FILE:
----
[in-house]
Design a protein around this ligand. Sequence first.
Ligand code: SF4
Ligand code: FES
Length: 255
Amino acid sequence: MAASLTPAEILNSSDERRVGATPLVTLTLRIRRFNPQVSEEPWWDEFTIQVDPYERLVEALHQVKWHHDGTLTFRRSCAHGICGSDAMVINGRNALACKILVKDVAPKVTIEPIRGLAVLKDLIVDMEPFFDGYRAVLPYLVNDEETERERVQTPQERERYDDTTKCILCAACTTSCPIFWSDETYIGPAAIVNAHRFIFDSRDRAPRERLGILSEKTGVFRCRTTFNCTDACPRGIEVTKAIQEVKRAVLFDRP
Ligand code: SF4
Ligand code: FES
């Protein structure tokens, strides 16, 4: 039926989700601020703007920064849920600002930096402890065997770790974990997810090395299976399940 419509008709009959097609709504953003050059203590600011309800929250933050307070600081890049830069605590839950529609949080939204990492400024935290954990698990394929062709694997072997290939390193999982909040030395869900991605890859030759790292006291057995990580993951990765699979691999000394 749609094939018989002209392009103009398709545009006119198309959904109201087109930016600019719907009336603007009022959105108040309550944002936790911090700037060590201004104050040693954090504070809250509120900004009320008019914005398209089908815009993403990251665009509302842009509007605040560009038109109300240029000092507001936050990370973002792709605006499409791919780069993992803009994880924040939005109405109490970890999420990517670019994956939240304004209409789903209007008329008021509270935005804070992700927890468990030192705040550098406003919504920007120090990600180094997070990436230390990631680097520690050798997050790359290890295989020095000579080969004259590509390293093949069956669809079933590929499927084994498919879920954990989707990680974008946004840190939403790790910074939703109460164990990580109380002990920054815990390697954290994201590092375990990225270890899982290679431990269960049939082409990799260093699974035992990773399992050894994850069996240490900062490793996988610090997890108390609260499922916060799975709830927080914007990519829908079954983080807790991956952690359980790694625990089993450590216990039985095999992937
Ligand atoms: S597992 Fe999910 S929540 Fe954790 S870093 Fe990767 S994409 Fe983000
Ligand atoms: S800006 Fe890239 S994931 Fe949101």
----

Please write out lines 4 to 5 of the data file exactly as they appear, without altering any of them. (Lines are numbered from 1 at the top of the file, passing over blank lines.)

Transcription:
Ligand code: FES
Length: 255